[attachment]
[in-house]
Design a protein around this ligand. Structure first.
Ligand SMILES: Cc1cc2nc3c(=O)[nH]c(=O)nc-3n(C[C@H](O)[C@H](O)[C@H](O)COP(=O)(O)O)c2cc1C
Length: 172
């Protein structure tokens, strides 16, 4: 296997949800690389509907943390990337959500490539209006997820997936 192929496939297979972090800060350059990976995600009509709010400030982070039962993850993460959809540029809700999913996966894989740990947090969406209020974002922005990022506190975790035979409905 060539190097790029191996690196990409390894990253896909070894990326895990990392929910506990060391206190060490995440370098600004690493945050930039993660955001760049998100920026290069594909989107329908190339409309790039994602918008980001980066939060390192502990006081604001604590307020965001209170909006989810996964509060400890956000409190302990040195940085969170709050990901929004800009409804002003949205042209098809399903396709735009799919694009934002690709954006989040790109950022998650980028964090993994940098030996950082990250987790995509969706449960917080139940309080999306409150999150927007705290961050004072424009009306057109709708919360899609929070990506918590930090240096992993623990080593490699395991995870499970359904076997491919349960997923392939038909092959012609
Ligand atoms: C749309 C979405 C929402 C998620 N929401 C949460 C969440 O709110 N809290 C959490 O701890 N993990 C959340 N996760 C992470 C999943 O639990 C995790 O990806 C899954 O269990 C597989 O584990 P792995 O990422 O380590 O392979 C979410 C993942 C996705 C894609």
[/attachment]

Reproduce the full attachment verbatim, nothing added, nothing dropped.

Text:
[in-house]
Design a protein around this ligand. Structure first.
Ligand SMILES: Cc1cc2nc3c(=O)[nH]c(=O)nc-3n(C[C@H](O)[C@H](O)[C@H](O)COP(=O)(O)O)c2cc1C
Length: 172
């Protein structure tokens, strides 16, 4: 296997949800690389509907943390990337959500490539209006997820997936 192929496939297979972090800060350059990976995600009509709010400030982070039962993850993460959809540029809700999913996966894989740990947090969406209020974002922005990022506190975790035979409905 060539190097790029191996690196990409390894990253896909070894990326895990990392929910506990060391206190060490995440370098600004690493945050930039993660955001760049998100920026290069594909989107329908190339409309790039994602918008980001980066939060390192502990006081604001604590307020965001209170909006989810996964509060400890956000409190302990040195940085969170709050990901929004800009409804002003949205042209098809399903396709735009799919694009934002690709954006989040790109950022998650980028964090993994940098030996950082990250987790995509969706449960917080139940309080999306409150999150927007705290961050004072424009009306057109709708919360899609929070990506918590930090240096992993623990080593490699395991995870499970359904076997491919349960997923392939038909092959012609
Ligand atoms: C749309 C979405 C929402 C998620 N929401 C949460 C969440 O709110 N809290 C959490 O701890 N993990 C959340 N996760 C992470 C999943 O639990 C995790 O990806 C899954 O269990 C597989 O584990 P792995 O990422 O380590 O392979 C979410 C993942 C996705 C894609």